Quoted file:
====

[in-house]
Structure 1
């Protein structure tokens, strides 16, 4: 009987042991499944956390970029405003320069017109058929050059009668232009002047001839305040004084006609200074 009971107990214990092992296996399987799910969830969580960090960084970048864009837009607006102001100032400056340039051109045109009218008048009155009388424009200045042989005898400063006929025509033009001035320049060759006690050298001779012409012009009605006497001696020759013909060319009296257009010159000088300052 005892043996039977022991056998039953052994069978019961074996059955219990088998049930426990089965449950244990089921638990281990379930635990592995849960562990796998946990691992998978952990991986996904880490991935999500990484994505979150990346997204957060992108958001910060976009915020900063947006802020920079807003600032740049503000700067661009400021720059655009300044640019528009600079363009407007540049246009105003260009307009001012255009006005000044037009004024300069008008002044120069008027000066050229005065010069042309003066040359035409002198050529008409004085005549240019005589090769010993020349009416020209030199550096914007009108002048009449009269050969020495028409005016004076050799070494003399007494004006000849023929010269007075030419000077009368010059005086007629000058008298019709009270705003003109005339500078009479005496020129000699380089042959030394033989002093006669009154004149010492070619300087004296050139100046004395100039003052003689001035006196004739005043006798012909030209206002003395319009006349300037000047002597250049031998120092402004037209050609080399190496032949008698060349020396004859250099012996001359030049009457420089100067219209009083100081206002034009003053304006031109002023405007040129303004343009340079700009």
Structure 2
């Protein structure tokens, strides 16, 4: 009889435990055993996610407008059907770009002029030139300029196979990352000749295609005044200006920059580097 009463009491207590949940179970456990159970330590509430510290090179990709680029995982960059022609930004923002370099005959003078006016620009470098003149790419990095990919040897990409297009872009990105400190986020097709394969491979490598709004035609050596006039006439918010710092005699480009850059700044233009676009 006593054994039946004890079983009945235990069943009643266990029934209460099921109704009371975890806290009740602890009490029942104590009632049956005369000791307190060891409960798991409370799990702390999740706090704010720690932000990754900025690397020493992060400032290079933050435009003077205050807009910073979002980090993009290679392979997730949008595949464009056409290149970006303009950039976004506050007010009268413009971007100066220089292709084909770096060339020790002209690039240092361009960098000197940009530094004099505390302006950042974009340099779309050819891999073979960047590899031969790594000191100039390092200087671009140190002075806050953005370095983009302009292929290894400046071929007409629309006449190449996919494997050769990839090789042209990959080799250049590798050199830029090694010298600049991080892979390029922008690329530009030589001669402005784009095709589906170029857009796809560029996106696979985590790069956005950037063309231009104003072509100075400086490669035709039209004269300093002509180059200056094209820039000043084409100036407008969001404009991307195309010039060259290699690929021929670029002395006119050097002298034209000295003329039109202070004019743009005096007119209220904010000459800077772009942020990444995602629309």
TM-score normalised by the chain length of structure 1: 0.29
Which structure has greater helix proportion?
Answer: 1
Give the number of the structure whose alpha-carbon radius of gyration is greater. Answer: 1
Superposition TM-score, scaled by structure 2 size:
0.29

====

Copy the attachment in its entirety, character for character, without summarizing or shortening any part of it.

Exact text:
[in-house]
Structure 1
């Protein structure tokens, strides 16, 4: 009987042991499944956390970029405003320069017109058929050059009668232009002047001839305040004084006609200074 009971107990214990092992296996399987799910969830969580960090960084970048864009837009607006102001100032400056340039051109045109009218008048009155009388424009200045042989005898400063006929025509033009001035320049060759006690050298001779012409012009009605006497001696020759013909060319009296257009010159000088300052 005892043996039977022991056998039953052994069978019961074996059955219990088998049930426990089965449950244990089921638990281990379930635990592995849960562990796998946990691992998978952990991986996904880490991935999500990484994505979150990346997204957060992108958001910060976009915020900063947006802020920079807003600032740049503000700067661009400021720059655009300044640019528009600079363009407007540049246009105003260009307009001012255009006005000044037009004024300069008008002044120069008027000066050229005065010069042309003066040359035409002198050529008409004085005549240019005589090769010993020349009416020209030199550096914007009108002048009449009269050969020495028409005016004076050799070494003399007494004006000849023929010269007075030419000077009368010059005086007629000058008298019709009270705003003109005339500078009479005496020129000699380089042959030394033989002093006669009154004149010492070619300087004296050139100046004395100039003052003689001035006196004739005043006798012909030209206002003395319009006349300037000047002597250049031998120092402004037209050609080399190496032949008698060349020396004859250099012996001359030049009457420089100067219209009083100081206002034009003053304006031109002023405007040129303004343009340079700009």
Structure 2
């Protein structure tokens, strides 16, 4: 009889435990055993996610407008059907770009002029030139300029196979990352000749295609005044200006920059580097 009463009491207590949940179970456990159970330590509430510290090179990709680029995982960059022609930004923002370099005959003078006016620009470098003149790419990095990919040897990409297009872009990105400190986020097709394969491979490598709004035609050596006039006439918010710092005699480009850059700044233009676009 006593054994039946004890079983009945235990069943009643266990029934209460099921109704009371975890806290009740602890009490029942104590009632049956005369000791307190060891409960798991409370799990702390999740706090704010720690932000990754900025690397020493992060400032290079933050435009003077205050807009910073979002980090993009290679392979997730949008595949464009056409290149970006303009950039976004506050007010009268413009971007100066220089292709084909770096060339020790002209690039240092361009960098000197940009530094004099505390302006950042974009340099779309050819891999073979960047590899031969790594000191100039390092200087671009140190002075806050953005370095983009302009292929290894400046071929007409629309006449190449996919494997050769990839090789042209990959080799250049590798050199830029090694010298600049991080892979390029922008690329530009030589001669402005784009095709589906170029857009796809560029996106696979985590790069956005950037063309231009104003072509100075400086490669035709039209004269300093002509180059200056094209820039000043084409100036407008969001404009991307195309010039060259290699690929021929670029002395006119050097002298034209000295003329039109202070004019743009005096007119209220904010000459800077772009942020990444995602629309």
TM-score normalised by the chain length of structure 1: 0.29
Which structure has greater helix proportion?
Answer: 1
Give the number of the structure whose alpha-carbon radius of gyration is greater. Answer: 1
Superposition TM-score, scaled by structure 2 size:
0.29